No aspect of Canadian life has been left untouched by the COVID-19 pandemic, including politics, and pundits agree the premier of Ontario is one of those most transformed by the outbreak.

Doug Ford, a divisive player on the regional stage long before becoming an equally polarizing national figure, has been turning heads since it became clear that Canada would not be spared the spread of the novel coronavirus. But many of those heads, once likely to be thrown back in dismay, are now bestowing nods of approval.

Gone is the pugnacious partisanship and populist rhetoric that opponents once used to compare Ford to U.S. President Donald Trump. The premier's regular briefings have instead drawn widespread plaudits for their calm, collegial tone as well as their comparatively progressive content.

Such an approach, political observers say, differs not only from that demonstrated by like-minded politicians south of the border but from his own past conduct.

"I'm a Liberal, but I'll give Doug Ford a lot of credit — he's handling this really well," said Dan Moulton, vice-president at Crestview Strategy and former senior staff member in the previous Liberal government. "He's being transparent, responsive, engaging. Ontarians are really seeing him in action."

Praise from the centre or left of the spectrum has been rare through Ford's unorthodox and colourful political career.

During his time as Toronto city councillor, Ford drew heavily on his experience running the family label-making business and his well-honed populist instincts to carve out a reputation for staunch conservatism and straight talk.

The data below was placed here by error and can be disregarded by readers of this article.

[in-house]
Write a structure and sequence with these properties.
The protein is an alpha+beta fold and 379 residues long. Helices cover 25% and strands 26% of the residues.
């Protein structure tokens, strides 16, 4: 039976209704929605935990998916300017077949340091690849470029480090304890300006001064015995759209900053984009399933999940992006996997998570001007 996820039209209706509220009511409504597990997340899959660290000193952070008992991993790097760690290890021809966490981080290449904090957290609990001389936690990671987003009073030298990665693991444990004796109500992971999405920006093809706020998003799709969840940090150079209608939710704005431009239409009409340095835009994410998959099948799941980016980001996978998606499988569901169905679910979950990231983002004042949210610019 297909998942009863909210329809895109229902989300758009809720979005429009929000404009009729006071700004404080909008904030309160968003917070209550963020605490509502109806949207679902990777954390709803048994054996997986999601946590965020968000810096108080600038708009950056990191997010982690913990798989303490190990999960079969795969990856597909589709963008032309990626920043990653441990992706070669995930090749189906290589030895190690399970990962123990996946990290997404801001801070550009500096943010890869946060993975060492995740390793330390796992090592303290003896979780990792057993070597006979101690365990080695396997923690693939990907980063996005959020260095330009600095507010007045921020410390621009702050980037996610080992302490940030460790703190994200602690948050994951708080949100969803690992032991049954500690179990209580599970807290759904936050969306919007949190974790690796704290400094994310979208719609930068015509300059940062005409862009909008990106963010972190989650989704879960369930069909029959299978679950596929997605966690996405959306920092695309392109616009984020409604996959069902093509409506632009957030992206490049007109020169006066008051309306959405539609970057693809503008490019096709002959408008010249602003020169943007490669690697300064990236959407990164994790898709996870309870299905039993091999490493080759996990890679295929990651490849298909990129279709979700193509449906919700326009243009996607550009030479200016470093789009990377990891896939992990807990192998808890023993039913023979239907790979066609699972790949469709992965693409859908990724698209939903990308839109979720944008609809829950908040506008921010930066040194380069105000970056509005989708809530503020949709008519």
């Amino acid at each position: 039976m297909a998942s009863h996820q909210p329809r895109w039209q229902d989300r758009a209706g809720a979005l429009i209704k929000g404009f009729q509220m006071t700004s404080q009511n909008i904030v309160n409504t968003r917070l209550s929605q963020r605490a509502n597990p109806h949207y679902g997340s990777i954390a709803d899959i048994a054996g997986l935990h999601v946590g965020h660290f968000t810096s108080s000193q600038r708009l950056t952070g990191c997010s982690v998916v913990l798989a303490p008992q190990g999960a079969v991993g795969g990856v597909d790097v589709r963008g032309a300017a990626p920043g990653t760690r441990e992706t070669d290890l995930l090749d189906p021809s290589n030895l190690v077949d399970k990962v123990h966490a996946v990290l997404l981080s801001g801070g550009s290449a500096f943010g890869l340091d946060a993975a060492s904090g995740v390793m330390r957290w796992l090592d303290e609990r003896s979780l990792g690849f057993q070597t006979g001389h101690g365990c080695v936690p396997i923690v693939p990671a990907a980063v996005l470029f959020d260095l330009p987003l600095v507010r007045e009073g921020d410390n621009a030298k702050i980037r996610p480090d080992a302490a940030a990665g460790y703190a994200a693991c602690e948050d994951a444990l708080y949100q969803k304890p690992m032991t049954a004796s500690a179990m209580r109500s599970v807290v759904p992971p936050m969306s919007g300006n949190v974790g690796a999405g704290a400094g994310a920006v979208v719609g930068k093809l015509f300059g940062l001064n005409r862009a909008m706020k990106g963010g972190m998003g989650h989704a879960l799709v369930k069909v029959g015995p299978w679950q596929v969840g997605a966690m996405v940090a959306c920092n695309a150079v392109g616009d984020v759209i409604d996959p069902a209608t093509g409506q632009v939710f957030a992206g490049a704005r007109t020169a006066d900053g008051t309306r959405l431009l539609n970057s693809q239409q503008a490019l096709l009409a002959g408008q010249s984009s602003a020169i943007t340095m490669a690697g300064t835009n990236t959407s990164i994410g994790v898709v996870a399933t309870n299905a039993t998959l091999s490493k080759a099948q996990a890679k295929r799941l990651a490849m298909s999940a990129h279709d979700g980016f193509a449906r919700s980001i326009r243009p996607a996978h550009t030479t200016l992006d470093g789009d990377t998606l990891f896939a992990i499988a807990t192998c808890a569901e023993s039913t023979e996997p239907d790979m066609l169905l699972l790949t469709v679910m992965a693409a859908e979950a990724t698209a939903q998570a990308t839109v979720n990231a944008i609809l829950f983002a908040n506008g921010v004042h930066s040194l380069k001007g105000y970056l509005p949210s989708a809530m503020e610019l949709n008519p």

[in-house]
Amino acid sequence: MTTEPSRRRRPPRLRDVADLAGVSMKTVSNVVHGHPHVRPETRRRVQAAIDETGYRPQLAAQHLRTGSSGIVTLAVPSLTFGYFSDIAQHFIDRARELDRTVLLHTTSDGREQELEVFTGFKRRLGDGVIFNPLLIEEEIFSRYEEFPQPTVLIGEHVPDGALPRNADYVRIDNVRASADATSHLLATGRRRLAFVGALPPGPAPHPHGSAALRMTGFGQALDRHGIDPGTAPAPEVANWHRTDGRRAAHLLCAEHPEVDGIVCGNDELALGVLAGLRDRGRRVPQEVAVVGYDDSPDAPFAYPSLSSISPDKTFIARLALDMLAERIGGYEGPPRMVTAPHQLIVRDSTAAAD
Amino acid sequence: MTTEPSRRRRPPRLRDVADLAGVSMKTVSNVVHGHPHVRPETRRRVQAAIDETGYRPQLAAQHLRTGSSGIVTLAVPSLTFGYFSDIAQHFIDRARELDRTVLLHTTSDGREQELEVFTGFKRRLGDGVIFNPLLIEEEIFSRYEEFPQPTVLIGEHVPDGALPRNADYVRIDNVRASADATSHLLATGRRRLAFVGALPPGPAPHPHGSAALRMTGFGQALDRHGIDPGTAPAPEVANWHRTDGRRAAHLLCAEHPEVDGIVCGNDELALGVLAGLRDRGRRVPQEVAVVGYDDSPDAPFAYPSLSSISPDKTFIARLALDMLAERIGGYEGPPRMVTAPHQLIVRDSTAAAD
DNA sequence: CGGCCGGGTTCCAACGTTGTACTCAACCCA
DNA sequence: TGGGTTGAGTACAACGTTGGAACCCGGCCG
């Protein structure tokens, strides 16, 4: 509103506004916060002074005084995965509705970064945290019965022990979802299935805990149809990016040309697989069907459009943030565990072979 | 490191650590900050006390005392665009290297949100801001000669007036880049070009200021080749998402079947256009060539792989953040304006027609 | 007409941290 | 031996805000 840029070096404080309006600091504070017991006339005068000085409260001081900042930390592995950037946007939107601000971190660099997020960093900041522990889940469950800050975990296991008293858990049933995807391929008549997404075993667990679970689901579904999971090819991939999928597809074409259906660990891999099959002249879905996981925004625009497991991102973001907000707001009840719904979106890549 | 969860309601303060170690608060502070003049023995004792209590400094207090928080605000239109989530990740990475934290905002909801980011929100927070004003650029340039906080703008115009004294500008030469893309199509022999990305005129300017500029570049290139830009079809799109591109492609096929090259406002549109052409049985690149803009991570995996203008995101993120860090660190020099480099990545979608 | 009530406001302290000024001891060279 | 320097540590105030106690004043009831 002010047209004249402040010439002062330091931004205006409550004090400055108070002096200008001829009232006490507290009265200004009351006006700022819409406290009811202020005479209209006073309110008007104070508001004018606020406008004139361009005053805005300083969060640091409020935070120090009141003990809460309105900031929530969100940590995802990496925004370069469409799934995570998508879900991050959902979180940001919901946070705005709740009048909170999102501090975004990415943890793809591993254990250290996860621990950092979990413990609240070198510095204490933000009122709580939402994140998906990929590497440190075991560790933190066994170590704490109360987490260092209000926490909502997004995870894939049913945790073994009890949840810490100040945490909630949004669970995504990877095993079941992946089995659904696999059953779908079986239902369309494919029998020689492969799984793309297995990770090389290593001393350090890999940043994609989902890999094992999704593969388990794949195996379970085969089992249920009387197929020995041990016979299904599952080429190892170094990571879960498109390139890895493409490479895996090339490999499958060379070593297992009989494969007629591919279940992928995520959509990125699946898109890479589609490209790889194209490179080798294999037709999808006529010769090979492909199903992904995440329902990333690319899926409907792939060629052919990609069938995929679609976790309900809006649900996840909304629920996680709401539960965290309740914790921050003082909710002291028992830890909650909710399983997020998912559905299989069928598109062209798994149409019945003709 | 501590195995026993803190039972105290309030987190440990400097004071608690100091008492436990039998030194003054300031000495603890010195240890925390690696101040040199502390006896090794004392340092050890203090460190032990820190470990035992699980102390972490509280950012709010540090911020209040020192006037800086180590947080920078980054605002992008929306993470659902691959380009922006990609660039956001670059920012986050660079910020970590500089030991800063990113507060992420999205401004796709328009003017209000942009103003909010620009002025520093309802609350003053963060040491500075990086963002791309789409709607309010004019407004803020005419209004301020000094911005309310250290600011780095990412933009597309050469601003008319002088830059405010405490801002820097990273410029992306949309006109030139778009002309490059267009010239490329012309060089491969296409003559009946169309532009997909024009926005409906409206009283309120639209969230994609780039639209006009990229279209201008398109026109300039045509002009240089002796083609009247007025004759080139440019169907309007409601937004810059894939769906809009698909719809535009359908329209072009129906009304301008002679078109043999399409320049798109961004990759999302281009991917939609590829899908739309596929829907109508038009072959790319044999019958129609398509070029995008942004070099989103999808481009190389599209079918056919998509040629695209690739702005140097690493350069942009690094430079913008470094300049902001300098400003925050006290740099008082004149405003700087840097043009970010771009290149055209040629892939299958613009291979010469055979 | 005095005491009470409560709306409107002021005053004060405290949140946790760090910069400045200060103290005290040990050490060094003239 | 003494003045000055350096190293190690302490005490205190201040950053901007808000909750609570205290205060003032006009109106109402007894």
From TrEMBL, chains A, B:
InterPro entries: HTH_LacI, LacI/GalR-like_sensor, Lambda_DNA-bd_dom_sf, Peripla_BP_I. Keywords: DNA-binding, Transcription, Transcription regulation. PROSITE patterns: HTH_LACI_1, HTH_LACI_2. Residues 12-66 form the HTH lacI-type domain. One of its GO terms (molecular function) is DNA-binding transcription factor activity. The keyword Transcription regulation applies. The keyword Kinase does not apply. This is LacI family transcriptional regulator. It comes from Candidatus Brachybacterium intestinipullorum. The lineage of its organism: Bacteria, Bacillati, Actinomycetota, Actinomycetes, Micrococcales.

Those traits remained on full display when he became premier in June 2018 and throughout a tumultuous first year in office that saw his Progressive Conservative government reverse course on a host of core policies and promises.

Ford was rarely conciliatory, whether discussing hydro rates, environmental policy or labour negotiations with Ontario teachers.

He arbitrarily slashed the size of Toronto city council half-way through a municipal election campaign, then threatened to invoke the rarely used notwithstanding clause to overturn a court decision that found his actions unconstitutional. The case will now be heard by the Supreme Court of Canada.

Doug Ford's handling of the pandemic draws praise from friends and foes

He led a coalition of provincial premiers who took the federal government to court over its carbon tax and rarely missed an opportunity to level partisan broadsides at real or perceived political foes.

All that changed earlier this month, and Ford's near-daily public appearances during the COVID-19 crisis have been free from political attacks.

In an interview with The Canadian Press, Ford said unprecedented times called for a fresh approach.

"We put differences aside and we moved together because people expect that," Ford said of his current, friendly relationship with federal and municipal officials.

Ford's reference to the will of the people is more familiar to political analysts, as is the clear communication style that's characterized most of his speeches since the pandemic took hold and prompted him to be among the first provincial leaders to declare a state of emergency.

Political communications consultant Tim Abray said clear messaging has long been one of Ford's political strengths, noting that aspect of his performance to date has not come as a surprise.